“We who believe in freedom cannot rest until it comes; until the kill of black men of black men, black mothers’ sons is as important as the killing of white men, white mothers’ sons.”
The lyrics of “Ella’s Song” floated from the Peacemaker’s Stage in Downtown Binghamton on Sunday, surrounding community members and students in attendance at the March for Racial Justice Vigil. The event was meant to be a sister event to a larger national movement held in Washington, D.C., on Sept. 30 and to facilitate a conversation about racial injustice.
According to Shanel Boyce, a board member for Citizen Action and a second-year graduate student studying social work, racism that has recently risen to the surface has always existed.
Boyce, who helped organize the vigil, said it was not inspired by any one specific issue, but by racist actions all across the country.
“It’s against police brutality, mass incarceration, segregation in schools,” Boyce said. “We’re highlighting all those marginalized communities at once and we’re asking people to come together to find solutions. Even though this is a smaller city, we still have things along racial divides.”
Community members and activists shared original poems and essays about the oppression they have faced because of institutional racism.
Tarik Abdelazim, the democratic mayoral candidate for the city of Binghamton, attended the event and said the issue of racism is pertinent within the city of Binghamton.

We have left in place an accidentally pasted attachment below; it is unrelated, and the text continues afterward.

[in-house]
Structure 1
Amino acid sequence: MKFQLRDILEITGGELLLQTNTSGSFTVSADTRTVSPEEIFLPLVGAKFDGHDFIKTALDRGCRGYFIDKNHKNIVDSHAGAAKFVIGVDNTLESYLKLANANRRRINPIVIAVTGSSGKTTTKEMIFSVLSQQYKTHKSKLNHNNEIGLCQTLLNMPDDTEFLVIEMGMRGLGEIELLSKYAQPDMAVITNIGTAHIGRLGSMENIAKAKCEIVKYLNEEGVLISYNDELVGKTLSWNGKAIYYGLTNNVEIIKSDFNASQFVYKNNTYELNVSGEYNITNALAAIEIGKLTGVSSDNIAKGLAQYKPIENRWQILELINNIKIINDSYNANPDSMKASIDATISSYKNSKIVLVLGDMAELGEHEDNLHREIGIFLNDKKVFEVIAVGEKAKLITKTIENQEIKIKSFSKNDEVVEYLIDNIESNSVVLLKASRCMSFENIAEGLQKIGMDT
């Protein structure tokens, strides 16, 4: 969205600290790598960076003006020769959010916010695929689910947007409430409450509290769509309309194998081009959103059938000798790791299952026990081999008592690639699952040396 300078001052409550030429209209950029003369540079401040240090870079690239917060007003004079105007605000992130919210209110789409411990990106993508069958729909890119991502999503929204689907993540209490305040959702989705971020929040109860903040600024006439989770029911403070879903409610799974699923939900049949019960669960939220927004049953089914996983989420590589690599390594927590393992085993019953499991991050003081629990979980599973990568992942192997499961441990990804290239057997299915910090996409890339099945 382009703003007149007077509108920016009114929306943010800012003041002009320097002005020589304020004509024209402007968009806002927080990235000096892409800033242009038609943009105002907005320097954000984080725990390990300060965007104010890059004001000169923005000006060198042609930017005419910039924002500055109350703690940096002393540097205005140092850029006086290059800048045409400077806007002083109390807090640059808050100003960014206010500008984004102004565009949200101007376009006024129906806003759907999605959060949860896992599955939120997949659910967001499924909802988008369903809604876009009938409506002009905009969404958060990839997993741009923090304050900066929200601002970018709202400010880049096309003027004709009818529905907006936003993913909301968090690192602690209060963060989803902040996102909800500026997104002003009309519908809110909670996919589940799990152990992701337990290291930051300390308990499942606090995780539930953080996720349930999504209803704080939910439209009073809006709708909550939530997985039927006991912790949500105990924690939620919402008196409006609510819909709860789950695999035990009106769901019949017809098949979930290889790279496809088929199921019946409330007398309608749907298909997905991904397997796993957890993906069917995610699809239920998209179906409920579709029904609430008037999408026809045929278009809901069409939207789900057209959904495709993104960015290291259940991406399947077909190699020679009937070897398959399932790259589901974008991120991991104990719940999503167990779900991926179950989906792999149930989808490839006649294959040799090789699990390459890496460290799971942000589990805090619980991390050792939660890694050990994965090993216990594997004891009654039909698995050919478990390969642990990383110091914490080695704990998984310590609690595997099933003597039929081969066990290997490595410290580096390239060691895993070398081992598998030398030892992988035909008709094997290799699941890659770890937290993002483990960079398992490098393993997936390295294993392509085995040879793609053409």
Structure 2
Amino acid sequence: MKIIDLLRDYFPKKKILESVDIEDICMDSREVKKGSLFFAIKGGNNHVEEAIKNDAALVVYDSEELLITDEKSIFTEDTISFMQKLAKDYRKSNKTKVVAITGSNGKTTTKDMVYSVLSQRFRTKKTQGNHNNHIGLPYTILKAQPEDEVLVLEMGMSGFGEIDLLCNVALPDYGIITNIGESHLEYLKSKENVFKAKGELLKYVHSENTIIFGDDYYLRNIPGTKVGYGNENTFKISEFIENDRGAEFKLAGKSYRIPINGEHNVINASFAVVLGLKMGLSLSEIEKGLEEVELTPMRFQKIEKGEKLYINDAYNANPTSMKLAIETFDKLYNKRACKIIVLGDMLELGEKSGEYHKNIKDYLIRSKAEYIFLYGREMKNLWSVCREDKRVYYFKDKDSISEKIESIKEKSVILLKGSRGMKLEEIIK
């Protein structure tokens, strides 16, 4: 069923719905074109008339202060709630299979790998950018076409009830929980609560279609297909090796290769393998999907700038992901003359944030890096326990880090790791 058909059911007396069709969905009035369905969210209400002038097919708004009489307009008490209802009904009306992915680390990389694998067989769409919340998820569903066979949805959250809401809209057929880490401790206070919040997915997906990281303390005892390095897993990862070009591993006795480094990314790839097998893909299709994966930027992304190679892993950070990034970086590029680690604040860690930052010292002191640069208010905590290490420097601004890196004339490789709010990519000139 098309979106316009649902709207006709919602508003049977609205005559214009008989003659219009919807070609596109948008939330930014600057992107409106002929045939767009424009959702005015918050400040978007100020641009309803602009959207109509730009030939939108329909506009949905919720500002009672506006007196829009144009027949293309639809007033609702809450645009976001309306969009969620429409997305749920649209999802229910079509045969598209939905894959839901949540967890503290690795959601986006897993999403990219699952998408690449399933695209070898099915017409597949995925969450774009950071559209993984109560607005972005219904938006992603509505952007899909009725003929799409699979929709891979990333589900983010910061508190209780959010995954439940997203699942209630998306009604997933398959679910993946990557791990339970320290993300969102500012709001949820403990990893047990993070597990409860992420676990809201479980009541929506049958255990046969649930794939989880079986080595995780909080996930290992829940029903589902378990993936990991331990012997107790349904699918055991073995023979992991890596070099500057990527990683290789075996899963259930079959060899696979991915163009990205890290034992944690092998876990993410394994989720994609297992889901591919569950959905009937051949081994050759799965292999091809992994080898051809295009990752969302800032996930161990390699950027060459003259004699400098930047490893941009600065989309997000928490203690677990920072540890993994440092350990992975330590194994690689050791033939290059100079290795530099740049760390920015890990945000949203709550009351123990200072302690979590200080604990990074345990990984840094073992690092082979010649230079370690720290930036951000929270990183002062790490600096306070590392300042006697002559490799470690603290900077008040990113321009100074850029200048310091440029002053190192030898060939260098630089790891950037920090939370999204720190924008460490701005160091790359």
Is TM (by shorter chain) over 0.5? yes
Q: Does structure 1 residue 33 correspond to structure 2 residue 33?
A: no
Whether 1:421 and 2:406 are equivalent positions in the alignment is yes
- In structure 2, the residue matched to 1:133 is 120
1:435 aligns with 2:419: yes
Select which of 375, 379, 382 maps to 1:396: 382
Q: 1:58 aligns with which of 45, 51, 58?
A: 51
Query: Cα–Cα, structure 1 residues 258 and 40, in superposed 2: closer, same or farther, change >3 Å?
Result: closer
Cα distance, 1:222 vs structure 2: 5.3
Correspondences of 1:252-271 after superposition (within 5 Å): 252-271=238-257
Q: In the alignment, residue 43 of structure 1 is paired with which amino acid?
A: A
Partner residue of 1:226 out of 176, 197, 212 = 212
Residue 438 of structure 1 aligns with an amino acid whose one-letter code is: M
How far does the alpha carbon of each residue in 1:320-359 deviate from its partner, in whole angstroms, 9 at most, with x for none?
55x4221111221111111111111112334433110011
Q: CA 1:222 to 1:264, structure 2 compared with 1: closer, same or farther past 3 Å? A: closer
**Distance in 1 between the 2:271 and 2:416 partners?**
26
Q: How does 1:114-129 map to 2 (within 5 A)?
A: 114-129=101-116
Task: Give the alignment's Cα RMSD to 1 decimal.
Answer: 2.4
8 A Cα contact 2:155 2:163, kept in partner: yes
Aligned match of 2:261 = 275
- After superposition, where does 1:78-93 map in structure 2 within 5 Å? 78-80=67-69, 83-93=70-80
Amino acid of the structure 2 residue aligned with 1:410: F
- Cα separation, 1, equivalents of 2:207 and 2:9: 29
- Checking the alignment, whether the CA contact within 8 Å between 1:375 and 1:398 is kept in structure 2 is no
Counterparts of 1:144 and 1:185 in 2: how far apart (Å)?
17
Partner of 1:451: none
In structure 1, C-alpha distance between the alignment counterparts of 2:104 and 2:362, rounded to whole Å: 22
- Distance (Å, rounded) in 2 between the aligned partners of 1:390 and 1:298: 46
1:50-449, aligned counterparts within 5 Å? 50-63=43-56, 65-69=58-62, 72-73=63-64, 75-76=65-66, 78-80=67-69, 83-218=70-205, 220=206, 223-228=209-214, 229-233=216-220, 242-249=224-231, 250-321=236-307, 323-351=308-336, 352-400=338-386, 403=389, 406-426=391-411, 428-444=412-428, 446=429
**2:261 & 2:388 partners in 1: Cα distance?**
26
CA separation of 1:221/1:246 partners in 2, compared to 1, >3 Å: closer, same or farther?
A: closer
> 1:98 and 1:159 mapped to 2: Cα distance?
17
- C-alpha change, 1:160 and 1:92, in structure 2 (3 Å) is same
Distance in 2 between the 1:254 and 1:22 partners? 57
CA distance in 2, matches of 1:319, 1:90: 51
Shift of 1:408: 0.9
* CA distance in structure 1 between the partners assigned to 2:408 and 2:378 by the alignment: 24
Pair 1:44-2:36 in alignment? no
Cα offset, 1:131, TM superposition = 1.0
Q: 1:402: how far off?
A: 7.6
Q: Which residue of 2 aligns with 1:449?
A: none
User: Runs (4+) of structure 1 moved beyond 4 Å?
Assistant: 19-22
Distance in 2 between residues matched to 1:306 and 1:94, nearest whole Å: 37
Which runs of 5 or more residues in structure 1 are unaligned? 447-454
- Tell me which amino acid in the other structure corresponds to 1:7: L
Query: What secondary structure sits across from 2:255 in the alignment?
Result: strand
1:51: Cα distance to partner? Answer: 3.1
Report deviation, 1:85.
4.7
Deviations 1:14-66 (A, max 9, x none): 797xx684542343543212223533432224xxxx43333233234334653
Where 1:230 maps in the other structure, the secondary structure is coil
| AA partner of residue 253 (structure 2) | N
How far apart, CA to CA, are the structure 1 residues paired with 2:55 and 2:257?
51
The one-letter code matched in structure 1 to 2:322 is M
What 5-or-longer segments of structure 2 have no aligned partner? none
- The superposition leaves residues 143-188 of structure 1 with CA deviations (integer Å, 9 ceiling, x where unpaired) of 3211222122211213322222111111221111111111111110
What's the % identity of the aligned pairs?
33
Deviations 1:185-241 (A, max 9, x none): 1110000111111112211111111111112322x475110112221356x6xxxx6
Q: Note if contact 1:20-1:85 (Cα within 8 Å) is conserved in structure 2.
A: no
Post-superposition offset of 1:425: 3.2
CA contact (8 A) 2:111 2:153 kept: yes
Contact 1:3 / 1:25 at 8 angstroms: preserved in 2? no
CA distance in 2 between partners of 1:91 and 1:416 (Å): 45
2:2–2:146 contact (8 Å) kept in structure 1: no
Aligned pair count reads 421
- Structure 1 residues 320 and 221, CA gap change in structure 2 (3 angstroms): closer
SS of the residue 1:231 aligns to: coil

“There are neighborhoods that are doing very well, and there are neighborhoods that are not,” Abdelazim said. “We have problems with the criminal justice system right here. In every community, racism manifests itself in a myriad of ways, and right here in Binghamton we see it the same.”
The event also featured tabling by organizations like the YWCA of Binghamton and community members. Binghamton resident Shams Harper, ‘16, set up a table with pamphlets and zines on different kinds of minority-based issues, such as white privilege and feminism.
Kymel Yard, ‘12, one of the organizers of the event and the vice president of the NAACP Broome Tioga Chapter, said multiple forms of oppression need to be addressed.
“Not only just racial justice, but most forms of justice and oppression need to be addressed, especially for those who don’t get to speak,” Yard said. “I am afforded vast amounts of privilege as a black man, but I still suffer as a black person, but that doesn’t mean my struggle is the same as black women, black queer lives or even black youth.”
Yard also spoke about how tired he is as a member of an oppressed minority that is constantly expected to remain silent.
“You cannot expect us to smile and dance anymore; our feet are tired and our cheeks hurt,” Yard said. “It is time to be controversial and it is time to be fearless.”
The event ended with members of Citizen Action and the YWCA passing out and lighting candles to represent solidarity.
While the candles were being lit, Boyce emphasized the importance of continuing the conversation.
“Marches are important,” she said. “They disrupt the normal, but sometimes we go to a march and think we did our good deed for the month and it just stops there. You guys need to go home and think about how you can make change in your own little corners of the world.”